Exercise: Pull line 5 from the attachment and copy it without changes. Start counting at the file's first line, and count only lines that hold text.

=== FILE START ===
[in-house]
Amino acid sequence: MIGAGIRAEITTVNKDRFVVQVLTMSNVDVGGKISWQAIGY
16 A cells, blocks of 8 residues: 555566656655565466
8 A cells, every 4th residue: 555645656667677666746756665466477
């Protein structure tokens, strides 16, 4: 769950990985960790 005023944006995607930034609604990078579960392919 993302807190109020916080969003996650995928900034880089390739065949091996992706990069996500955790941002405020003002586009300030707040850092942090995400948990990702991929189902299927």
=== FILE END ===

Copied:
């Protein structure tokens, strides 16, 4: 769950990985960790 005023944006995607930034609604990078579960392919 993302807190109020916080969003996650995928900034880089390739065949091996992706990069996500955790941002405020003002586009300030707040850092942090995400948990990702991929189902299927």